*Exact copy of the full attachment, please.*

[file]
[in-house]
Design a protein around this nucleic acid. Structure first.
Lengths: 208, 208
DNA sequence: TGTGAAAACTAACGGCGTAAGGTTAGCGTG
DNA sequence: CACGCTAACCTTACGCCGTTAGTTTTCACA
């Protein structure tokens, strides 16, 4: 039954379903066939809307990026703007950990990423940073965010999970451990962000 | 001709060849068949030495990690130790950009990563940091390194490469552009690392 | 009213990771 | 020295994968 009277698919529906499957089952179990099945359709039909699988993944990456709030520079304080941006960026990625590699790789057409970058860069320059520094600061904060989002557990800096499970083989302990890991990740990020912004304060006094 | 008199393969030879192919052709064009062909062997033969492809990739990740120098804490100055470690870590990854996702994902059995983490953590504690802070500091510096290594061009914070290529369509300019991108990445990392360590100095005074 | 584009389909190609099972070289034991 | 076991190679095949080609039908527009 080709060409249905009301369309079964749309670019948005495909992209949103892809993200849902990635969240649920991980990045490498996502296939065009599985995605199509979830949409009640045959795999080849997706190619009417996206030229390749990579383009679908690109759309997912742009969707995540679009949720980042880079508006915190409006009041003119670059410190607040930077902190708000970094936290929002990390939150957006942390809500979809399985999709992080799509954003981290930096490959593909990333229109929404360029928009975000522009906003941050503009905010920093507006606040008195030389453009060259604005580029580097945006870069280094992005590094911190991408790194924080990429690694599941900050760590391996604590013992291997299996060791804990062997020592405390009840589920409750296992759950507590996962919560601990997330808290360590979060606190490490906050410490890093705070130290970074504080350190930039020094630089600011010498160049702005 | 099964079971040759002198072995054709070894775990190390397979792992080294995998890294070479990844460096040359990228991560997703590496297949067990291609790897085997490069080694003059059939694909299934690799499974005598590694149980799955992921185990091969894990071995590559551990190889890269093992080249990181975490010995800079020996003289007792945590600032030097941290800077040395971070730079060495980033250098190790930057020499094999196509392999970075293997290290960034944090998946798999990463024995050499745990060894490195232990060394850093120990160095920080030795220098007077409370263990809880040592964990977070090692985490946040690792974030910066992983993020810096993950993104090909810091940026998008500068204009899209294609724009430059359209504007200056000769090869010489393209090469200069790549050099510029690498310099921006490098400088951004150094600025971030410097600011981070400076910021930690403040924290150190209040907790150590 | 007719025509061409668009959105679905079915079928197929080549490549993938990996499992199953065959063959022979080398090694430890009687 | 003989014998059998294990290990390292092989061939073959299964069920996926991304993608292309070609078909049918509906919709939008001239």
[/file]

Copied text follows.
[in-house]
Design a protein around this nucleic acid. Structure first.
Lengths: 208, 208
DNA sequence: TGTGAAAACTAACGGCGTAAGGTTAGCGTG
DNA sequence: CACGCTAACCTTACGCCGTTAGTTTTCACA
């Protein structure tokens, strides 16, 4: 039954379903066939809307990026703007950990990423940073965010999970451990962000 | 001709060849068949030495990690130790950009990563940091390194490469552009690392 | 009213990771 | 020295994968 009277698919529906499957089952179990099945359709039909699988993944990456709030520079304080941006960026990625590699790789057409970058860069320059520094600061904060989002557990800096499970083989302990890991990740990020912004304060006094 | 008199393969030879192919052709064009062909062997033969492809990739990740120098804490100055470690870590990854996702994902059995983490953590504690802070500091510096290594061009914070290529369509300019991108990445990392360590100095005074 | 584009389909190609099972070289034991 | 076991190679095949080609039908527009 080709060409249905009301369309079964749309670019948005495909992209949103892809993200849902990635969240649920991980990045490498996502296939065009599985995605199509979830949409009640045959795999080849997706190619009417996206030229390749990579383009679908690109759309997912742009969707995540679009949720980042880079508006915190409006009041003119670059410190607040930077902190708000970094936290929002990390939150957006942390809500979809399985999709992080799509954003981290930096490959593909990333229109929404360029928009975000522009906003941050503009905010920093507006606040008195030389453009060259604005580029580097945006870069280094992005590094911190991408790194924080990429690694599941900050760590391996604590013992291997299996060791804990062997020592405390009840589920409750296992759950507590996962919560601990997330808290360590979060606190490490906050410490890093705070130290970074504080350190930039020094630089600011010498160049702005 | 099964079971040759002198072995054709070894775990190390397979792992080294995998890294070479990844460096040359990228991560997703590496297949067990291609790897085997490069080694003059059939694909299934690799499974005598590694149980799955992921185990091969894990071995590559551990190889890269093992080249990181975490010995800079020996003289007792945590600032030097941290800077040395971070730079060495980033250098190790930057020499094999196509392999970075293997290290960034944090998946798999990463024995050499745990060894490195232990060394850093120990160095920080030795220098007077409370263990809880040592964990977070090692985490946040690792974030910066992983993020810096993950993104090909810091940026998008500068204009899209294609724009430059359209504007200056000769090869010489393209090469200069790549050099510029690498310099921006490098400088951004150094600025971030410097600011981070400076910021930690403040924290150190209040907790150590 | 007719025509061409668009959105679905079915079928197929080549490549993938990996499992199953065959063959022979080398090694430890009687 | 003989014998059998294990290990390292092989061939073959299964069920996926991304993608292309070609078909049918509906919709939008001239």